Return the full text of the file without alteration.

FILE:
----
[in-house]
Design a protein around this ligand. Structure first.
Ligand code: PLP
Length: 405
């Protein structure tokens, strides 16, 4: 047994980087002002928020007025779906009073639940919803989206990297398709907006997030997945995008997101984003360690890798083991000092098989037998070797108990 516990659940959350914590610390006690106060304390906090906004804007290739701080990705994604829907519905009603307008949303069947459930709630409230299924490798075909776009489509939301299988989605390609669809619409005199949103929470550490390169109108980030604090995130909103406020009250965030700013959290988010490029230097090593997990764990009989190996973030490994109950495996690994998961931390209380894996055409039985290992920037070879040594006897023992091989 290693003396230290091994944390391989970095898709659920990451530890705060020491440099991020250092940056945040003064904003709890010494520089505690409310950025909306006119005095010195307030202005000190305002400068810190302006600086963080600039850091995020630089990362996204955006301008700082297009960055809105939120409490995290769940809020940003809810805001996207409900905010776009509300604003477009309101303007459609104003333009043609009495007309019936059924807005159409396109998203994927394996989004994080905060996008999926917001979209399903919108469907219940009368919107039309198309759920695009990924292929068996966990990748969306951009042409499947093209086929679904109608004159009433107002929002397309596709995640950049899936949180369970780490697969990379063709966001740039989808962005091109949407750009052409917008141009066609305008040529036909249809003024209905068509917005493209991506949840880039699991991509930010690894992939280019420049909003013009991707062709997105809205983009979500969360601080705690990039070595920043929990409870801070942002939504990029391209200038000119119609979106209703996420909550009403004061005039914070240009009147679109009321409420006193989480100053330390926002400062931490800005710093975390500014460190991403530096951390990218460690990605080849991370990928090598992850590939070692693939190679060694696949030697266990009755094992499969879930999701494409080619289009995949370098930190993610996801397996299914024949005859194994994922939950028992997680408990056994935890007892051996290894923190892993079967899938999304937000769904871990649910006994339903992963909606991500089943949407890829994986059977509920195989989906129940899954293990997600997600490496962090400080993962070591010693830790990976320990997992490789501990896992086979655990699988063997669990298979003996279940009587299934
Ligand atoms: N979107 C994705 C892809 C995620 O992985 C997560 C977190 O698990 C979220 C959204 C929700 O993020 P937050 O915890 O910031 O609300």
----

[in-house]
Design a protein around this ligand. Structure first.
Ligand code: PLP
Length: 405
């Protein structure tokens, strides 16, 4: 047994980087002002928020007025779906009073639940919803989206990297398709907006997030997945995008997101984003360690890798083991000092098989037998070797108990 516990659940959350914590610390006690106060304390906090906004804007290739701080990705994604829907519905009603307008949303069947459930709630409230299924490798075909776009489509939301299988989605390609669809619409005199949103929470550490390169109108980030604090995130909103406020009250965030700013959290988010490029230097090593997990764990009989190996973030490994109950495996690994998961931390209380894996055409039985290992920037070879040594006897023992091989 290693003396230290091994944390391989970095898709659920990451530890705060020491440099991020250092940056945040003064904003709890010494520089505690409310950025909306006119005095010195307030202005000190305002400068810190302006600086963080600039850091995020630089990362996204955006301008700082297009960055809105939120409490995290769940809020940003809810805001996207409900905010776009509300604003477009309101303007459609104003333009043609009495007309019936059924807005159409396109998203994927394996989004994080905060996008999926917001979209399903919108469907219940009368919107039309198309759920695009990924292929068996966990990748969306951009042409499947093209086929679904109608004159009433107002929002397309596709995640950049899936949180369970780490697969990379063709966001740039989808962005091109949407750009052409917008141009066609305008040529036909249809003024209905068509917005493209991506949840880039699991991509930010690894992939280019420049909003013009991707062709997105809205983009979500969360601080705690990039070595920043929990409870801070942002939504990029391209200038000119119609979106209703996420909550009403004061005039914070240009009147679109009321409420006193989480100053330390926002400062931490800005710093975390500014460190991403530096951390990218460690990605080849991370990928090598992850590939070692693939190679060694696949030697266990009755094992499969879930999701494409080619289009995949370098930190993610996801397996299914024949005859194994994922939950028992997680408990056994935890007892051996290894923190892993079967899938999304937000769904871990649910006994339903992963909606991500089943949407890829994986059977509920195989989906129940899954293990997600997600490496962090400080993962070591010693830790990976320990997992490789501990896992086979655990699988063997669990298979003996279940009587299934
Ligand atoms: N979107 C994705 C892809 C995620 O992985 C997560 C977190 O698990 C979220 C959204 C929700 O993020 P937050 O915890 O910031 O609300």